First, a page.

Captain's Blog: Stardate 122017.5
I've just learned that Marvel Comics first, ongoing series featuring a gay, male lead...Iceman...has been canceled and will finish it's run in March. Gay nerds everywhere are starting to “come out” in support of this book. Some stating how important it was to have this character with his own book. Some suggesting an online fan petition to try to rescue the series before it's too late. But I have one very important question:
Look, I absolutely think it is important for LGBTQ characters to headline their own comic books. I believe that these books send the right message to kids who are trying to understand themselves. And I was thrilled to start reading this character's story...you know...until it started.
My biggest complaint about the “Iceman” comic was that it was trying to be a coming out story. The focus was on this otherwise confident Gen-X age Iceman struggling to come out to his parents, feeling guilt about a break up with a woman because he still hadn't figured out his sexuality, and all of this made worse by his totally out, Millenial self from another timeline adding to his sense of inadequacy.
But isn't X-Men fundamentally, and continually, a coming out story? Isn't that part of what the allegory of “mutation” is able to tell? This Iceman's story was rooted in a coming out tale that seemed trite and almost deferential to an audience that has never heard a queer story before. Or a queer audience that has never read an X-Men story before.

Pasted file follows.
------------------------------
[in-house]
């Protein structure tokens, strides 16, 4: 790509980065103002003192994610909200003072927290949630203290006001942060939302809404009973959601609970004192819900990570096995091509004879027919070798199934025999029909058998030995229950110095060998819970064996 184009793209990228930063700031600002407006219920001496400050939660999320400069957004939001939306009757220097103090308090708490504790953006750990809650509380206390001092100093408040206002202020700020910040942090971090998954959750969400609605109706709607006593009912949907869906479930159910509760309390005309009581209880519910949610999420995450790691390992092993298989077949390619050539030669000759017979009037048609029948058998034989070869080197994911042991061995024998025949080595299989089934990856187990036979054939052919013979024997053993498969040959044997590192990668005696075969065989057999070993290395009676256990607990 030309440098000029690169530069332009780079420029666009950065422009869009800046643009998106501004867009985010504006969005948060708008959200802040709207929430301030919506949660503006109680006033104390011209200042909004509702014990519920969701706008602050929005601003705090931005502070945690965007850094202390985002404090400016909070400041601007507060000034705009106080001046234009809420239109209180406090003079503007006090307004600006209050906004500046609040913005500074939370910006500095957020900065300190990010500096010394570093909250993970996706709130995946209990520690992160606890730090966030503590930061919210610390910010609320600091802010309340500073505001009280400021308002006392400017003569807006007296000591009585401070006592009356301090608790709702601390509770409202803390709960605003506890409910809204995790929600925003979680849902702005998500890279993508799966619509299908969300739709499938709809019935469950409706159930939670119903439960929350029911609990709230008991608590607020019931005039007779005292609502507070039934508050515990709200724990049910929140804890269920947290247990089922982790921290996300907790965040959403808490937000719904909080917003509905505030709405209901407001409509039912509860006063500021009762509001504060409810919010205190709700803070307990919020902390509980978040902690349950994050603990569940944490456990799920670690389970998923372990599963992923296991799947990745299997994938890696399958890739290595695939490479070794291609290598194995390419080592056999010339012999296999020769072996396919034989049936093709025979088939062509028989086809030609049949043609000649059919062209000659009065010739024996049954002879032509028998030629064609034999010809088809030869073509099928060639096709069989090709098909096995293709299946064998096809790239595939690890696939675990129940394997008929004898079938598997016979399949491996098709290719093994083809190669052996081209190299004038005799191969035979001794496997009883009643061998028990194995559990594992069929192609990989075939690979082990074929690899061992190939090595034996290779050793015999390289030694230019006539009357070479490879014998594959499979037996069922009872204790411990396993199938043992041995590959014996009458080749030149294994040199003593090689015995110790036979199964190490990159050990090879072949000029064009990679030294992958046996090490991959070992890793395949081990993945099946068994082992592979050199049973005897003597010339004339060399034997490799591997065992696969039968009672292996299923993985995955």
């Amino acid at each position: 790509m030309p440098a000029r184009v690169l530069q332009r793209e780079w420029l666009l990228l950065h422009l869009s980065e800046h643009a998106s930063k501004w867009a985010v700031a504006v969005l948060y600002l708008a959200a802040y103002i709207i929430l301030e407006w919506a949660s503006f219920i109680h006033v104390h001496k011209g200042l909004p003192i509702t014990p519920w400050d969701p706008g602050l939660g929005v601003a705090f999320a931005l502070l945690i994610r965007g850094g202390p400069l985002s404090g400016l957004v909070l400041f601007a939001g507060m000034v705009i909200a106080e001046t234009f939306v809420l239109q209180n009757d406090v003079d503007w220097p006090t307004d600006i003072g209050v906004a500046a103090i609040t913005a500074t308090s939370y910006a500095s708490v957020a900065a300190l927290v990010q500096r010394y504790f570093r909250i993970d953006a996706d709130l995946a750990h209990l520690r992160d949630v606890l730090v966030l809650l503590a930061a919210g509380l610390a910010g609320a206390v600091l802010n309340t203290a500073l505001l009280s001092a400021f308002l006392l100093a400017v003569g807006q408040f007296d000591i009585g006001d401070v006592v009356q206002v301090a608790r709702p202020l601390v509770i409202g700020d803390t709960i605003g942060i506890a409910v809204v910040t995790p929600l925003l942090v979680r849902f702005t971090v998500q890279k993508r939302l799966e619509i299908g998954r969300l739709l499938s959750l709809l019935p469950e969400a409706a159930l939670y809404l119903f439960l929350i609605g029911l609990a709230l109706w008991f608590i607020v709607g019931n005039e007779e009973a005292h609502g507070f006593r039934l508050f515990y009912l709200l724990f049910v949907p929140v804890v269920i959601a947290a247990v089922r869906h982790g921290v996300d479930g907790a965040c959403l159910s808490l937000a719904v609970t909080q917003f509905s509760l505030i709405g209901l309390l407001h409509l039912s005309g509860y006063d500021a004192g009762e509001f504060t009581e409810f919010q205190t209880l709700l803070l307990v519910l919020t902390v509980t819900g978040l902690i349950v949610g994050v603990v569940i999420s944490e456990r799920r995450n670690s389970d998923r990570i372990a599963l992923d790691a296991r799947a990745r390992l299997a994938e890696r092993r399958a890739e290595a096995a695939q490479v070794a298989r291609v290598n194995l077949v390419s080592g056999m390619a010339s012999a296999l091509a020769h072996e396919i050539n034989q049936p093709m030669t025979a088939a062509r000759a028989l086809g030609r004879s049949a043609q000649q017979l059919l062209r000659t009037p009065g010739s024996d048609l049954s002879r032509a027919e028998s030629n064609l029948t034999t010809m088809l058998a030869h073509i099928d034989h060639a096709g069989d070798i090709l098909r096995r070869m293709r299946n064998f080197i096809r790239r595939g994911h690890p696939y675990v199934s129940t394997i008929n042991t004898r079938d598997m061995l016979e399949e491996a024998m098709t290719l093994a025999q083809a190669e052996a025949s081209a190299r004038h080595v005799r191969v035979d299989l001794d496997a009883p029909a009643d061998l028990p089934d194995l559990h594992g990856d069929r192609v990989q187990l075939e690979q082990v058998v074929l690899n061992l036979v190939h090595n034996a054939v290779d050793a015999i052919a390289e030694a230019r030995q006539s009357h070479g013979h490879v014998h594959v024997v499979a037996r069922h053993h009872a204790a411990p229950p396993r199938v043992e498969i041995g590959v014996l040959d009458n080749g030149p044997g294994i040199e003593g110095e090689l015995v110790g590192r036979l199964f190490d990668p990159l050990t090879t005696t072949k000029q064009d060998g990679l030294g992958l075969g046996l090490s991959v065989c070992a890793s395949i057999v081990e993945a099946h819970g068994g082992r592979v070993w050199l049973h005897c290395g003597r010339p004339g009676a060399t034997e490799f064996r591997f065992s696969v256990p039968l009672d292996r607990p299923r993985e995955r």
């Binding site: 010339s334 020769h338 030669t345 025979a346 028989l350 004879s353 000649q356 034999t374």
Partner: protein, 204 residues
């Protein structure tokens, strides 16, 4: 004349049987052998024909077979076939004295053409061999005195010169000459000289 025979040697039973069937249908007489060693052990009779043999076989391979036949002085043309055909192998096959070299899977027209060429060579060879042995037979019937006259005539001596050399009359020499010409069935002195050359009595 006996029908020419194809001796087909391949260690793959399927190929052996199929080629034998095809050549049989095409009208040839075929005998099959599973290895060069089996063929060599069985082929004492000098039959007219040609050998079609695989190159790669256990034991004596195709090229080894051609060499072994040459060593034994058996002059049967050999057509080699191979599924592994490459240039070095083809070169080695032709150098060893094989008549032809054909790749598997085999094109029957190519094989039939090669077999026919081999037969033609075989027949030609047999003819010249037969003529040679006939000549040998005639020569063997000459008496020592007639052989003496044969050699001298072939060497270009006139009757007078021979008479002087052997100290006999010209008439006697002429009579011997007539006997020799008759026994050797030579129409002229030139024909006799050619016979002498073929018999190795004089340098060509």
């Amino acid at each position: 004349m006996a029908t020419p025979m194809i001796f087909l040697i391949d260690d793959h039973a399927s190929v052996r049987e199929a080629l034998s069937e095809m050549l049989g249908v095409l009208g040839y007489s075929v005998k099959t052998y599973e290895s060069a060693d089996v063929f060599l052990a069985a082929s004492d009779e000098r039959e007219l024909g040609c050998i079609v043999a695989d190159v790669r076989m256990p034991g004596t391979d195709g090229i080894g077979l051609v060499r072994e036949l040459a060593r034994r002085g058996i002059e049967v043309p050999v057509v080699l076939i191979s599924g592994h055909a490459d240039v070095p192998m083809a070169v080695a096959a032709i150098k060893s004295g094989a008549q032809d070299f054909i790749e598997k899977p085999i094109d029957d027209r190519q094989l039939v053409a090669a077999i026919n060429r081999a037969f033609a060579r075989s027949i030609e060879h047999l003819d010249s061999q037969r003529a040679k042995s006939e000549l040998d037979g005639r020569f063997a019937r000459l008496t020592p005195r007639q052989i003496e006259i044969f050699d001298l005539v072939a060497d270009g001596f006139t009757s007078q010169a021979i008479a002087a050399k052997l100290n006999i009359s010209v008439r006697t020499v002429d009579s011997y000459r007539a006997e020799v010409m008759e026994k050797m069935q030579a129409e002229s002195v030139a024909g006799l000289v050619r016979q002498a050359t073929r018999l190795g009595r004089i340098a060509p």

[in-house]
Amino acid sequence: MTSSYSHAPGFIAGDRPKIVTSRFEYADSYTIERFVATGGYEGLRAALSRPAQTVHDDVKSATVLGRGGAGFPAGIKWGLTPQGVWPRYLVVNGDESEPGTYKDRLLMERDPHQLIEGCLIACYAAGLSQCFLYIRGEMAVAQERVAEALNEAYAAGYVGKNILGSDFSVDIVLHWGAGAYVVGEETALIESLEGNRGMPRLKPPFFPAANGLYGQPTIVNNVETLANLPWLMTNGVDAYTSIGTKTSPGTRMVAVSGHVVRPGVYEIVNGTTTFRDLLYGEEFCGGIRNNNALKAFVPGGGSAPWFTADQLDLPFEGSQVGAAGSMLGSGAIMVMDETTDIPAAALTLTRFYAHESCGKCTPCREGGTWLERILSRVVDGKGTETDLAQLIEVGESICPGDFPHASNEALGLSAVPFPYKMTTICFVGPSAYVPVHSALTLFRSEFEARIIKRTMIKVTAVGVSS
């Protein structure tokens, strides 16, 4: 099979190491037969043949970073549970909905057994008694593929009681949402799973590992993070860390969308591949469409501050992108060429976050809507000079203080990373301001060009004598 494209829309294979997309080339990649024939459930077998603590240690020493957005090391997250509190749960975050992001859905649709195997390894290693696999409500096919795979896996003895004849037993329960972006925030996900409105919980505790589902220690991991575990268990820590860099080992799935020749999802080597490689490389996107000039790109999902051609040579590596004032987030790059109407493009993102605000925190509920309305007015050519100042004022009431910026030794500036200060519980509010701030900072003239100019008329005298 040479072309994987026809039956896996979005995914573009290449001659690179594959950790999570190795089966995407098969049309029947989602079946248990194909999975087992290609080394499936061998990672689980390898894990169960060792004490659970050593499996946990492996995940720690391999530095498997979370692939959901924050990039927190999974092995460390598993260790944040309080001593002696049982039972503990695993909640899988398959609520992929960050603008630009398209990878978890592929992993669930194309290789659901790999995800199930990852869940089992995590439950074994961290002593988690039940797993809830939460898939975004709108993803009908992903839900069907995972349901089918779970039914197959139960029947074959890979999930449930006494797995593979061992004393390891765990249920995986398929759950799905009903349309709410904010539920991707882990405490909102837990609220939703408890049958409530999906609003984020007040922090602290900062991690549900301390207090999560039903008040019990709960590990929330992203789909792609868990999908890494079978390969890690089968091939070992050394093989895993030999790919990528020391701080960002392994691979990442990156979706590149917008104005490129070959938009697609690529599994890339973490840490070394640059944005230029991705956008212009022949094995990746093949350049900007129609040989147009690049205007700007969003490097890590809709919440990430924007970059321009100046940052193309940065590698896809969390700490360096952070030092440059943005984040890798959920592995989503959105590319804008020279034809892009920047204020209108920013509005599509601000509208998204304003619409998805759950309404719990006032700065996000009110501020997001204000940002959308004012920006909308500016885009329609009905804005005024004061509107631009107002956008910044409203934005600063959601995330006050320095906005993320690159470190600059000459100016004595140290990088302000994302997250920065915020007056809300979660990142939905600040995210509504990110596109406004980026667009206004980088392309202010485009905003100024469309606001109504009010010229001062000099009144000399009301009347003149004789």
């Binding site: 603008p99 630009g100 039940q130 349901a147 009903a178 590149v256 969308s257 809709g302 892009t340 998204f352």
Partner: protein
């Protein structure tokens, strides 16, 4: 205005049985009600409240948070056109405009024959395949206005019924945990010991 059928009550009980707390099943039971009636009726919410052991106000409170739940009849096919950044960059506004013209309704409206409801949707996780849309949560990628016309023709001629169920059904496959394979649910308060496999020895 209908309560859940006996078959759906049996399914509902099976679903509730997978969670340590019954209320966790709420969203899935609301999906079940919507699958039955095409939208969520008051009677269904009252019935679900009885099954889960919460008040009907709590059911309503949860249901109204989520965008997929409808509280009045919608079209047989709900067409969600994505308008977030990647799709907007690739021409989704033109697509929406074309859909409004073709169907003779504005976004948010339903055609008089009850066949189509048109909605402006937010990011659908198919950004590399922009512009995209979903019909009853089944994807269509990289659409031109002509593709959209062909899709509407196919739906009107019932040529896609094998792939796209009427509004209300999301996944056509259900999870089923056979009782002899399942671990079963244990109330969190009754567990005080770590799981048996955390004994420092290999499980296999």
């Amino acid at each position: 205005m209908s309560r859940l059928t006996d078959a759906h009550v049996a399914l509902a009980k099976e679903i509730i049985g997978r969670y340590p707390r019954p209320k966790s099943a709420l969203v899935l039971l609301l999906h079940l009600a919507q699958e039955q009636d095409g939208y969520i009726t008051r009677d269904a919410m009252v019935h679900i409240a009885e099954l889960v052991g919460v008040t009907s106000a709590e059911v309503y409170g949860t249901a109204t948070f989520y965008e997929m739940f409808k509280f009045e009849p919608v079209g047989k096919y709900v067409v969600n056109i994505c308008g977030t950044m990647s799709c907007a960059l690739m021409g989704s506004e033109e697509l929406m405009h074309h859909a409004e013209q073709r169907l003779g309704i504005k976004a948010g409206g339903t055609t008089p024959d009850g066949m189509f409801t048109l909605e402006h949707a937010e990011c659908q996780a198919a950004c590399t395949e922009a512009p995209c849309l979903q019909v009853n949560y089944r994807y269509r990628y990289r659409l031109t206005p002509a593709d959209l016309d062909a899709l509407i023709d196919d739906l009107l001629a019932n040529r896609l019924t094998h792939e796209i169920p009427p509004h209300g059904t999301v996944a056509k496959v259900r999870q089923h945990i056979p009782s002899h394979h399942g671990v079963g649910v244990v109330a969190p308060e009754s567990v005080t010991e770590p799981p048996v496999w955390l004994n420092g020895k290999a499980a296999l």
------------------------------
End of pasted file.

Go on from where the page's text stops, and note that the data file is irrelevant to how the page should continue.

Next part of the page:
Suffice it to say, I stopped reading at issue five.
I wish this was an issue limited to Iceman, but this touches on an issue I have had with gay storytelling in general as of late. We are more than coming out and HIV. We are complex individuals who have relationships, passions, and personalities beyond the tropes of the “acceptable mainstream gay experience.”
Take the recent DC “Midnighter and Apollo” mini-series. Six issues where two very different characters have great, unapologetic gay sex, are divided by evil, and then Midnighter bloodies up the underworld trying to rescue the love of his life. It was great! Not only was it more graphic than I expected, but it got me emotionally as well. And there was not one part of the main plot that hinged on either character having to accept that they were gay.
Gay audiences are ready for more depth in their storytelling, even if they don't know it yet. I'm sorry to see Iceman wrapping his series...but maybe if the character works out his issues, he can be at the center of a series where the biggest villain isn't his own sexuality.